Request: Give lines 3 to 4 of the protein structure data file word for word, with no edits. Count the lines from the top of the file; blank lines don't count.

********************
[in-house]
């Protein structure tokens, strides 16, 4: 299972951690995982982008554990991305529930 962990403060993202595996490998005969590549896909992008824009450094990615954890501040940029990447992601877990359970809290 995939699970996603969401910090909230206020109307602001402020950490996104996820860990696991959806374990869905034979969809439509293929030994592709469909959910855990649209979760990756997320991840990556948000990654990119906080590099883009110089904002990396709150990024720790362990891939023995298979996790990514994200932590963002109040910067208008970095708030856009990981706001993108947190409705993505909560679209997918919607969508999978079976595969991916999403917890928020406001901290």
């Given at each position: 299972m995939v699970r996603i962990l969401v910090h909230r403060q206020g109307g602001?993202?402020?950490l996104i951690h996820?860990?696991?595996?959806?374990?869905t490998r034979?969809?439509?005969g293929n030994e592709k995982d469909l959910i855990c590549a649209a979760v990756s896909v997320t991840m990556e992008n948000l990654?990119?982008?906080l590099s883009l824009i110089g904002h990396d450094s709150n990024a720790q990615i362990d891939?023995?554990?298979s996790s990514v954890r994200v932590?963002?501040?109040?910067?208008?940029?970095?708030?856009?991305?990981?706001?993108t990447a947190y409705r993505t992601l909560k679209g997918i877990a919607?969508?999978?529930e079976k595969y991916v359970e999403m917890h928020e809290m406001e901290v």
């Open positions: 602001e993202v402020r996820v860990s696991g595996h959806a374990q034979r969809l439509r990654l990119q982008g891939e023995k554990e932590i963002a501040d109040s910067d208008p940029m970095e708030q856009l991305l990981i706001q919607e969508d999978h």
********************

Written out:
């Given at each position: 299972m995939v699970r996603i962990l969401v910090h909230r403060q206020g109307g602001?993202?402020?950490l996104i951690h996820?860990?696991?595996?959806?374990?869905t490998r034979?969809?439509?005969g293929n030994e592709k995982d469909l959910i855990c590549a649209a979760v990756s896909v997320t991840m990556e992008n948000l990654?990119?982008?906080l590099s883009l824009i110089g904002h990396d450094s709150n990024a720790q990615i362990d891939?023995?554990?298979s996790s990514v954890r994200v932590?963002?501040?109040?910067?208008?940029?970095?708030?856009?991305?990981?706001?993108t990447a947190y409705r993505t992601l909560k679209g997918i877990a919607?969508?999978?529930e079976k595969y991916v359970e999403m917890h928020e809290m406001e901290v």
């Open positions: 602001e993202v402020r996820v860990s696991g595996h959806a374990q034979r969809l439509r990654l990119q982008g891939e023995k554990e932590i963002a501040d109040s910067d208008p940029m970095e708030q856009l991305l990981i706001q919607e969508d999978h």